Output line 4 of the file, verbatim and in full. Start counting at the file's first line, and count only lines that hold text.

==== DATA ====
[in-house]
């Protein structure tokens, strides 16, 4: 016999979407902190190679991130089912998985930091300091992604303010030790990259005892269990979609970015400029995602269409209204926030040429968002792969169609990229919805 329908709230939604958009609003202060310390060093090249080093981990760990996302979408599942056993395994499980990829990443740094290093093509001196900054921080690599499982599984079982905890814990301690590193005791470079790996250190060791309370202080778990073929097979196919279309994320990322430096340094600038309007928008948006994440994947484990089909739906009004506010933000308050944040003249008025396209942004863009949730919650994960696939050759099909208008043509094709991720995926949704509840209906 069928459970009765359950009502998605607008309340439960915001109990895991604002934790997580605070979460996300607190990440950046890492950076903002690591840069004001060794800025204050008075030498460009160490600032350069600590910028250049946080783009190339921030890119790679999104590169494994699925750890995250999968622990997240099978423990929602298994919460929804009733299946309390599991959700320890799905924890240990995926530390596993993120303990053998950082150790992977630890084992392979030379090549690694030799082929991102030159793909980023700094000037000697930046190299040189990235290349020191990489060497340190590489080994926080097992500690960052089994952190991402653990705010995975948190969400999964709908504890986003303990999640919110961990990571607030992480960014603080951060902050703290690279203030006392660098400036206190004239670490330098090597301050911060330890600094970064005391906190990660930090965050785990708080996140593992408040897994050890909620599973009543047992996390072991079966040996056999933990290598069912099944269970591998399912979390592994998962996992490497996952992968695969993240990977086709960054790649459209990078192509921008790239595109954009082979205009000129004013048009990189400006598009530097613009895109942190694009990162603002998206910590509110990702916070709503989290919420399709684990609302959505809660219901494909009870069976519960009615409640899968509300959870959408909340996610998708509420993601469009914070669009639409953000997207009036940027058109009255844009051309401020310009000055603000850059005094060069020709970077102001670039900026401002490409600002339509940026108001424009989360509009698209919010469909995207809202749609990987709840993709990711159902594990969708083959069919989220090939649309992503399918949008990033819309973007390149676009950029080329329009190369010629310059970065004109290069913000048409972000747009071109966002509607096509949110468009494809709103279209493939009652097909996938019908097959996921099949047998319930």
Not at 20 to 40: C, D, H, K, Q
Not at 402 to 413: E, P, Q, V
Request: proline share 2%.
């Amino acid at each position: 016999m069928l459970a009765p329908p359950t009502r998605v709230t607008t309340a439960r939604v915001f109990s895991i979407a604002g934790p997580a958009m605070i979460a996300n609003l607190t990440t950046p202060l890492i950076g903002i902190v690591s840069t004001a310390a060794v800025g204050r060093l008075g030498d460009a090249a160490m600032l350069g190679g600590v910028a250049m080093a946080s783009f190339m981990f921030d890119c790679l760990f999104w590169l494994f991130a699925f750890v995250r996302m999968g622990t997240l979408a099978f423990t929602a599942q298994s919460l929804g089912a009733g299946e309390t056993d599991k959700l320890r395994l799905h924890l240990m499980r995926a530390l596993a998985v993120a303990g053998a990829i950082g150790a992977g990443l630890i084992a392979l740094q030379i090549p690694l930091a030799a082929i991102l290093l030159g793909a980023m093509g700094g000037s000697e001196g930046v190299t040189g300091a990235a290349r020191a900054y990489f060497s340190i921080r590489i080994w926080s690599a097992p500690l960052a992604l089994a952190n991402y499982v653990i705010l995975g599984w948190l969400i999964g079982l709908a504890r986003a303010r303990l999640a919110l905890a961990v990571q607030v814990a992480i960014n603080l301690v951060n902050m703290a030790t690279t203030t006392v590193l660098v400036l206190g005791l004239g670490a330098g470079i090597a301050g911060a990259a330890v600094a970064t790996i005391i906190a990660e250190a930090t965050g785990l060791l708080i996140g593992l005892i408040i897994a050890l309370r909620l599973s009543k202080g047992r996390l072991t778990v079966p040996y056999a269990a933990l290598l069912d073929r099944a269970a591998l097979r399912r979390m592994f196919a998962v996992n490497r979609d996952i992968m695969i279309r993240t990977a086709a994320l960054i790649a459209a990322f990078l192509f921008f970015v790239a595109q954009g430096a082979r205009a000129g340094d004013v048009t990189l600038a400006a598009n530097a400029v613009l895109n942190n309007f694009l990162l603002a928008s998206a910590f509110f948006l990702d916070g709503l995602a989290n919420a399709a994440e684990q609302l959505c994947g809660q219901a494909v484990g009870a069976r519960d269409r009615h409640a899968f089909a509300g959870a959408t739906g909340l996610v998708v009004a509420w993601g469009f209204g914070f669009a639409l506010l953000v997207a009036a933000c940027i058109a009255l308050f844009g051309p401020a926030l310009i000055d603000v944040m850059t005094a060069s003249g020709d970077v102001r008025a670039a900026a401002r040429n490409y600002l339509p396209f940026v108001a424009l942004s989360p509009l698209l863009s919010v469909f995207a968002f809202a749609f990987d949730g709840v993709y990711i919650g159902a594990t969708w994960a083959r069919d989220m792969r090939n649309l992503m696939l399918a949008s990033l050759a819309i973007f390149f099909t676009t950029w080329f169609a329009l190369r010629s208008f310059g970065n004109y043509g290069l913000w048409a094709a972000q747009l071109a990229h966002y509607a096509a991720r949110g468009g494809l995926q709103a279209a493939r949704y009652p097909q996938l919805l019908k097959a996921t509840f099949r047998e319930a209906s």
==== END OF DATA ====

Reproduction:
Not at 402 to 413: E, P, Q, V